The idea of buying a home without having it inspected by a professional home inspector first seems almost unthinkable, but there also are many reasons for a seller to have an inspection before putting a home on the market. The increase in demand for pre-inspections can only be a win for home inspectors.
In the article “The trend of inspecting your home before you sell is catching on in Utah” by Rodger L. Hardy on HeraldExtra.com, Massachusetts realtor and blogger Bill Gassett listed seven benefits of having a home inspected before being sold.
According to Gassett, pre-inspections:
- Reduce the stress of selling a home — An inspection will tell the seller what needs to be done to make the home more sellable.
- Help with pricing the home correctly — Buyers won’t be able to so easily attack the price of the home.
- Speed up the sales process — Any issues found during the pre-inspection can be taken care of in advance.
- Allow you to make repairs —A home that is free of problems is a great marketing tool.
- Avoid the need for renegotiation —A buyer’s inspection that finds major problems can kill a carefully crafted offer.
- Help improve buyer confidence — The last thing you want to do when selling a home is create doubt about its integrity.
- You make your agent’s job much easier — Pricing and negotiating the sale of the home are more difficult when repair issues come to light.
“Once the pre-inspection is completed, the listing agent and their client can then sit down and prioritize the repairs that must be done in order to ensure a smooth sale,” Chad Taylor of Taylor-Made Real Estate Service in Kansas wrote in the ShawneeMissionPost.com article, “Your Home: Pre-inspections – best money a seller can spend.”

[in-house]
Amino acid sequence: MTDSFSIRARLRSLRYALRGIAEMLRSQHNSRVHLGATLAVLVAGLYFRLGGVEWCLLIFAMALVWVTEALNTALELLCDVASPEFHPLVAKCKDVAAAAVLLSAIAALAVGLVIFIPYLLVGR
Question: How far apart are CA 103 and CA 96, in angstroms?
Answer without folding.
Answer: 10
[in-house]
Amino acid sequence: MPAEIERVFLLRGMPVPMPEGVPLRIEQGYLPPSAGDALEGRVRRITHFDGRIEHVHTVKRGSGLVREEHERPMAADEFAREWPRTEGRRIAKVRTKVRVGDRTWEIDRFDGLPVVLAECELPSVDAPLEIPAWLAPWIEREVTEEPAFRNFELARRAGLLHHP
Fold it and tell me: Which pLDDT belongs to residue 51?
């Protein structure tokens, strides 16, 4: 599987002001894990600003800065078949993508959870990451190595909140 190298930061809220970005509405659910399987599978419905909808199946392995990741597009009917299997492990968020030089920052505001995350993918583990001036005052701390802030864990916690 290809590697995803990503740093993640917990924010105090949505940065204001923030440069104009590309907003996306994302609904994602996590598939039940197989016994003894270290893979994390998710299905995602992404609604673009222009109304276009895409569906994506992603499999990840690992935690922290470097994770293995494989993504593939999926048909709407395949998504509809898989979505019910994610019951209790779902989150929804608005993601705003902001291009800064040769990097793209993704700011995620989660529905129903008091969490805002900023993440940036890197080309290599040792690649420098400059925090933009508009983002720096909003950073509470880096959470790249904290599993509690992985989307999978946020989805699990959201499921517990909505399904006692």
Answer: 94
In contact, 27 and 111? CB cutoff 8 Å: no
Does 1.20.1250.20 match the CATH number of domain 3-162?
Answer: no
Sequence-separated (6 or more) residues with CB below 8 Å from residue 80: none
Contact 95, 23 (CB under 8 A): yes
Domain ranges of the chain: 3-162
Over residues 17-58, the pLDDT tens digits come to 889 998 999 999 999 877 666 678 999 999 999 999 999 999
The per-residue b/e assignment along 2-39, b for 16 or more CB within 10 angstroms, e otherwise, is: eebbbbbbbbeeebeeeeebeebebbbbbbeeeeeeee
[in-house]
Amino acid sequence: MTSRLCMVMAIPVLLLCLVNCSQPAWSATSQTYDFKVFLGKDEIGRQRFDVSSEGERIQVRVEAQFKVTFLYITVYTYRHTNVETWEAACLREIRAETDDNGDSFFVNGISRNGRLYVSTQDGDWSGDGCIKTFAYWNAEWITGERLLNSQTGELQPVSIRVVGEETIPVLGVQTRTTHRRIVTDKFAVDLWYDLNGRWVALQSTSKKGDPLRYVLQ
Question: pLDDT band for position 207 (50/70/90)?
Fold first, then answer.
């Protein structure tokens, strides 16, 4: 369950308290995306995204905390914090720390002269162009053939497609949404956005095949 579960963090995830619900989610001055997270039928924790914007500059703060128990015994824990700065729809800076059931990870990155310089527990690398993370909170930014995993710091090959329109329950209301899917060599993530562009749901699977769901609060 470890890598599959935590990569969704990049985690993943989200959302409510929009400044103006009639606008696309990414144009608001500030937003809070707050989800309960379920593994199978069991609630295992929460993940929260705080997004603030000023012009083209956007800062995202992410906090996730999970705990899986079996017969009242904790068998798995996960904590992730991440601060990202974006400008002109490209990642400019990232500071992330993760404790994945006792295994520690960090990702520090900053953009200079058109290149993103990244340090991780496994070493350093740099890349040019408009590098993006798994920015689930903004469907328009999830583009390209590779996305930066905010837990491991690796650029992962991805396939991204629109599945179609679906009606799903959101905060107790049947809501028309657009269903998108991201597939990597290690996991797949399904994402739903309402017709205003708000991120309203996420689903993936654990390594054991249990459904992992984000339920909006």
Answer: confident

Taylor also noted that when repairs are made from a pre-inspection, the home can then be marketed as having been pre-inspected, which helps defend the listing price of the home.
According to Taylor, other benefits of a pre-inspection include:
• Higher bids for the home — Buyers tend to bid the price up more aggressively.
• Fewer surprises — You don’t want a buyer surprised by an unexpected defect in the home.
• As is: two very sweet words to a seller’s ears — In many cases, a buyer will accept a pre-inspected home as is.
• Good faith — A pre-inspection starts the buyer/seller relationship off on a good note.
• Limited opportunity for recourse — A pre-inspection disclosed to the buyer before contract helps protect the seller in the event something fails on the home after the sale.
As pre-inspections become more popular among sellers, it may be a good idea for home inspectors to include information and rates about pre-inspections in their business’s marketing plans.